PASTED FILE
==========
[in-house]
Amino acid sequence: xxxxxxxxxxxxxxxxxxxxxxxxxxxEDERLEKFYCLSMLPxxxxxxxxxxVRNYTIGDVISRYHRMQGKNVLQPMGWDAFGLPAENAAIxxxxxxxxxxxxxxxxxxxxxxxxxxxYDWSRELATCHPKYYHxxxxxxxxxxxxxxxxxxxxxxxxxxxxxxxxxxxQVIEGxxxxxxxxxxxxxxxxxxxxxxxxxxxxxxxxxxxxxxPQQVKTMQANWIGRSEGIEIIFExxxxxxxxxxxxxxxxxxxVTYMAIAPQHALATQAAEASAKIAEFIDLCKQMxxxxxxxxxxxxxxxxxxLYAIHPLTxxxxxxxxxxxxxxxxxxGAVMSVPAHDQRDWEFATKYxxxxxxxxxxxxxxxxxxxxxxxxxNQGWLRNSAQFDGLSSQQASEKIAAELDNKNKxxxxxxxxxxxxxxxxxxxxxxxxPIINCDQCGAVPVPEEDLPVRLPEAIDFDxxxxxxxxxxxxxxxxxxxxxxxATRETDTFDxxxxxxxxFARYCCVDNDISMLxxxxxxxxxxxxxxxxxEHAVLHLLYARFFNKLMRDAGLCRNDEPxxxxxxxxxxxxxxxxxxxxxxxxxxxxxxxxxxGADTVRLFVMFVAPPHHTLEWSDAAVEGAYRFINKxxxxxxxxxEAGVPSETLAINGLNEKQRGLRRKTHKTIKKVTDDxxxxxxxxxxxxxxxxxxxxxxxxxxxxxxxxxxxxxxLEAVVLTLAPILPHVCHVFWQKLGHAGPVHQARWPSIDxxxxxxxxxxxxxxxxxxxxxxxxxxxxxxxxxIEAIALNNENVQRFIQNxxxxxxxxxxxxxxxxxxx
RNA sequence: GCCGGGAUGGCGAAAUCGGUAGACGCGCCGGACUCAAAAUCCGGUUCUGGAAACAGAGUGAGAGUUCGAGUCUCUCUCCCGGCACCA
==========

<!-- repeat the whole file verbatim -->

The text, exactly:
[in-house]
Amino acid sequence: xxxxxxxxxxxxxxxxxxxxxxxxxxxEDERLEKFYCLSMLPxxxxxxxxxxVRNYTIGDVISRYHRMQGKNVLQPMGWDAFGLPAENAAIxxxxxxxxxxxxxxxxxxxxxxxxxxxYDWSRELATCHPKYYHxxxxxxxxxxxxxxxxxxxxxxxxxxxxxxxxxxxQVIEGxxxxxxxxxxxxxxxxxxxxxxxxxxxxxxxxxxxxxxPQQVKTMQANWIGRSEGIEIIFExxxxxxxxxxxxxxxxxxxVTYMAIAPQHALATQAAEASAKIAEFIDLCKQMxxxxxxxxxxxxxxxxxxLYAIHPLTxxxxxxxxxxxxxxxxxxGAVMSVPAHDQRDWEFATKYxxxxxxxxxxxxxxxxxxxxxxxxxNQGWLRNSAQFDGLSSQQASEKIAAELDNKNKxxxxxxxxxxxxxxxxxxxxxxxxPIINCDQCGAVPVPEEDLPVRLPEAIDFDxxxxxxxxxxxxxxxxxxxxxxxATRETDTFDxxxxxxxxFARYCCVDNDISMLxxxxxxxxxxxxxxxxxEHAVLHLLYARFFNKLMRDAGLCRNDEPxxxxxxxxxxxxxxxxxxxxxxxxxxxxxxxxxxGADTVRLFVMFVAPPHHTLEWSDAAVEGAYRFINKxxxxxxxxxEAGVPSETLAINGLNEKQRGLRRKTHKTIKKVTDDxxxxxxxxxxxxxxxxxxxxxxxxxxxxxxxxxxxxxxLEAVVLTLAPILPHVCHVFWQKLGHAGPVHQARWPSIDxxxxxxxxxxxxxxxxxxxxxxxxxxxxxxxxxIEAIALNNENVQRFIQNxxxxxxxxxxxxxxxxxxx
RNA sequence: GCCGGGAUGGCGAAAUCGGUAGACGCGCCGGACUCAAAAUCCGGUUCUGGAAACAGAGUGAGAGUUCGAGUCUCUCUCCCGGCACCA